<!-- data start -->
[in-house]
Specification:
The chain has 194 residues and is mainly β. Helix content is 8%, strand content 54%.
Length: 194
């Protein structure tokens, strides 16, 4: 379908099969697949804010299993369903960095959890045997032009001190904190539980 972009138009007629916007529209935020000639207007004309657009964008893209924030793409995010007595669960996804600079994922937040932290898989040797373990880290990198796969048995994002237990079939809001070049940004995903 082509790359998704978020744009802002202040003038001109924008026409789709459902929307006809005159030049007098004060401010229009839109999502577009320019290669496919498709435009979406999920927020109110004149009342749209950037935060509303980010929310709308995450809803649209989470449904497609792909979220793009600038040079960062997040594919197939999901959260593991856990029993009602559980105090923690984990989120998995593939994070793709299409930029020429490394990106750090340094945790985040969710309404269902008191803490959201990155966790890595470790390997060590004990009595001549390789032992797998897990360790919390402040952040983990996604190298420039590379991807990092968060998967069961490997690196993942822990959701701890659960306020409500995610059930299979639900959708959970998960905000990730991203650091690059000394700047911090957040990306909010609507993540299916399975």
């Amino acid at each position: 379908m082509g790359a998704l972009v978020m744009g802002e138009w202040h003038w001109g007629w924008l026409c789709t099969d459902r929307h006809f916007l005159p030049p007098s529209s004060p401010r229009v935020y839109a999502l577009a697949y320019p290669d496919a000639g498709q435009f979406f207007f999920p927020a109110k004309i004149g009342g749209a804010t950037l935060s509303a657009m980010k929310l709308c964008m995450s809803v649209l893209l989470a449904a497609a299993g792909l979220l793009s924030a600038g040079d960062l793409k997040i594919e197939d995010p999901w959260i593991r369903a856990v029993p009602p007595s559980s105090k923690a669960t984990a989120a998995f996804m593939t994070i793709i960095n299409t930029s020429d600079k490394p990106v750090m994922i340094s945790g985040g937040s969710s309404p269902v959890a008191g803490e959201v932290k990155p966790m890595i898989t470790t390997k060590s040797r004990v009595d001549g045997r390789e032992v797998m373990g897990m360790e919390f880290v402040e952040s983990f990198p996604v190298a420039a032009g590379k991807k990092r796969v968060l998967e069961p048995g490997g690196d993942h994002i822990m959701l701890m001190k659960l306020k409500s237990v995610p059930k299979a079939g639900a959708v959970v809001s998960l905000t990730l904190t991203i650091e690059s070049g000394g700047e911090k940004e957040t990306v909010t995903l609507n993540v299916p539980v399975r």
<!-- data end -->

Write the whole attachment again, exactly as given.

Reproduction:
[in-house]
Specification:
The chain has 194 residues and is mainly β. Helix content is 8%, strand content 54%.
Length: 194
């Protein structure tokens, strides 16, 4: 379908099969697949804010299993369903960095959890045997032009001190904190539980 972009138009007629916007529209935020000639207007004309657009964008893209924030793409995010007595669960996804600079994922937040932290898989040797373990880290990198796969048995994002237990079939809001070049940004995903 082509790359998704978020744009802002202040003038001109924008026409789709459902929307006809005159030049007098004060401010229009839109999502577009320019290669496919498709435009979406999920927020109110004149009342749209950037935060509303980010929310709308995450809803649209989470449904497609792909979220793009600038040079960062997040594919197939999901959260593991856990029993009602559980105090923690984990989120998995593939994070793709299409930029020429490394990106750090340094945790985040969710309404269902008191803490959201990155966790890595470790390997060590004990009595001549390789032992797998897990360790919390402040952040983990996604190298420039590379991807990092968060998967069961490997690196993942822990959701701890659960306020409500995610059930299979639900959708959970998960905000990730991203650091690059000394700047911090957040990306909010609507993540299916399975």
């Amino acid at each position: 379908m082509g790359a998704l972009v978020m744009g802002e138009w202040h003038w001109g007629w924008l026409c789709t099969d459902r929307h006809f916007l005159p030049p007098s529209s004060p401010r229009v935020y839109a999502l577009a697949y320019p290669d496919a000639g498709q435009f979406f207007f999920p927020a109110k004309i004149g009342g749209a804010t950037l935060s509303a657009m980010k929310l709308c964008m995450s809803v649209l893209l989470a449904a497609a299993g792909l979220l793009s924030a600038g040079d960062l793409k997040i594919e197939d995010p999901w959260i593991r369903a856990v029993p009602p007595s559980s105090k923690a669960t984990a989120a998995f996804m593939t994070i793709i960095n299409t930029s020429d600079k490394p990106v750090m994922i340094s945790g985040g937040s969710s309404p269902v959890a008191g803490e959201v932290k990155p966790m890595i898989t470790t390997k060590s040797r004990v009595d001549g045997r390789e032992v797998m373990g897990m360790e919390f880290v402040e952040s983990f990198p996604v190298a420039a032009g590379k991807k990092r796969v968060l998967e069961p048995g490997g690196d993942h994002i822990m959701l701890m001190k659960l306020k409500s237990v995610p059930k299979a079939g639900a959708v959970v809001s998960l905000t990730l904190t991203i650091e690059s070049g000394g700047e911090k940004e957040t990306v909010t995903l609507n993540v299916p539980v399975r």